Brave New World
In Aldous Huxley's novel Brave New World, he creates a utopian society that achieves happiness at the expense of humanity. Though thoroughly repugnant to the reader, the world Huxley creates seems almost plausible because he fashions it out of societal problems he saw in his lifetime, many of which we still encounter today. Objects and machines replace real emotions, and the result is a streamlined existence that neglects a true sense of humanity. By comparing man's life in the "brave new world" to the machines that surround them, Huxley creates an assembly-line lifestyle in which consumerism and hedonism are paramount, and individuality falls to the wayside.
The World State is a society in which economics take precedence over emotion. Almost from birth, the society conditions children to consume, and mechanization quickly becomes part of this consumption. When lecturing the children, the Director says, "imagine the folly of allowing people to play elaborate games which do nothing whatever to increase consumption. Nowadays, the Controllers won't approve of any new game unless it can be shown that it requires at least as much apparatus as the most complicated of existing games" (20). Here, he...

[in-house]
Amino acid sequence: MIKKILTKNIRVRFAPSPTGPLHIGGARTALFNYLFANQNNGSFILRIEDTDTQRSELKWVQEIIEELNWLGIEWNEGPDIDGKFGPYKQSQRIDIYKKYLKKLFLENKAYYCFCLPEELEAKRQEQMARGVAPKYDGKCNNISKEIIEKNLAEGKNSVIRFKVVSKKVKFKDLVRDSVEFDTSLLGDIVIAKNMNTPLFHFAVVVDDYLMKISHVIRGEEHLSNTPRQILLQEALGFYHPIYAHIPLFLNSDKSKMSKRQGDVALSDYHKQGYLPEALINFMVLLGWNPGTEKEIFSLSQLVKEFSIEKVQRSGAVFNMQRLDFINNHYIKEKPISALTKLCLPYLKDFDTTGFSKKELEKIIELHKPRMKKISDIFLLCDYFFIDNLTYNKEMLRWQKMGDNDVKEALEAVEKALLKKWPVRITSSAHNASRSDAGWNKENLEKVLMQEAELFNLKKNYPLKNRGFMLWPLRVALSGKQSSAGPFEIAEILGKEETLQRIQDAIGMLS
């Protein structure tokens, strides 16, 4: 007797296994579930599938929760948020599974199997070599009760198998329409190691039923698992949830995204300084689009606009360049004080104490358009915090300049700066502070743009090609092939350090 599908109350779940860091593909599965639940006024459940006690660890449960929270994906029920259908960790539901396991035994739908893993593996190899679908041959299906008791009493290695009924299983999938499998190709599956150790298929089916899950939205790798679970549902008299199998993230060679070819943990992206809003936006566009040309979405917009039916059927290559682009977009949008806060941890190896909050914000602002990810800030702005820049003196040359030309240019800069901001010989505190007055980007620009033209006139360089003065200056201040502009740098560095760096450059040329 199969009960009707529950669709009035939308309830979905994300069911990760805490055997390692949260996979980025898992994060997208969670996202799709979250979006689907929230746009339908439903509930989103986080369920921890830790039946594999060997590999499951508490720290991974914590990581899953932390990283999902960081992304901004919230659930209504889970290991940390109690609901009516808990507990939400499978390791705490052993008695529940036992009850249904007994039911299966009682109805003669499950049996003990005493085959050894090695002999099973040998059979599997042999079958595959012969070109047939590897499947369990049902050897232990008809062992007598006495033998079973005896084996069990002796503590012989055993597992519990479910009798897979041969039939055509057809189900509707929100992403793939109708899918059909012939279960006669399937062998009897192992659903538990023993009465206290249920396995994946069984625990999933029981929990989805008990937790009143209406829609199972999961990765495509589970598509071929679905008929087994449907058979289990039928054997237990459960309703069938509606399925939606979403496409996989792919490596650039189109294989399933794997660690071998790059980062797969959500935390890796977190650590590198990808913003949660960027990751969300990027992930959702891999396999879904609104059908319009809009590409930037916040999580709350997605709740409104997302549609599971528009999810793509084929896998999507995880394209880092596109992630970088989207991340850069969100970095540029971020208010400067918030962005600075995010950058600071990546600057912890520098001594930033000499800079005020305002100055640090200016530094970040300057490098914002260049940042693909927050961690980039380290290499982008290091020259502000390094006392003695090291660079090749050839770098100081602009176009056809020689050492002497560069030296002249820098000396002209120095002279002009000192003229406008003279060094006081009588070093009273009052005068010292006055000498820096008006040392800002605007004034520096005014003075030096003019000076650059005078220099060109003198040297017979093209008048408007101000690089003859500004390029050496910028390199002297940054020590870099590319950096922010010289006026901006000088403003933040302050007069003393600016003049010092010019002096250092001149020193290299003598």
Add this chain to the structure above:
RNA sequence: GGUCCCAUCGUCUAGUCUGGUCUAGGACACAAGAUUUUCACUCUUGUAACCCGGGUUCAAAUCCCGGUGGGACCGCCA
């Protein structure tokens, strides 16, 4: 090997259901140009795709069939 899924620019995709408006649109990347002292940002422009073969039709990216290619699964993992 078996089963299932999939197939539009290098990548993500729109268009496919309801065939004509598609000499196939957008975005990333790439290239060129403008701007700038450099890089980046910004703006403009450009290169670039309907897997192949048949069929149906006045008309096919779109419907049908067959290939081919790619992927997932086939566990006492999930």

Join Now to View Premium Content
GradeSaver provides access to 739 study guide PDFs and quizzes, 4400 literature essays, 1441 sample college application essays, 178 lesson plans, and ad-free surfing in this premium content, “Members Only” section of the site! Membership includes a 10% discount on all editing orders.
Already a member? Log in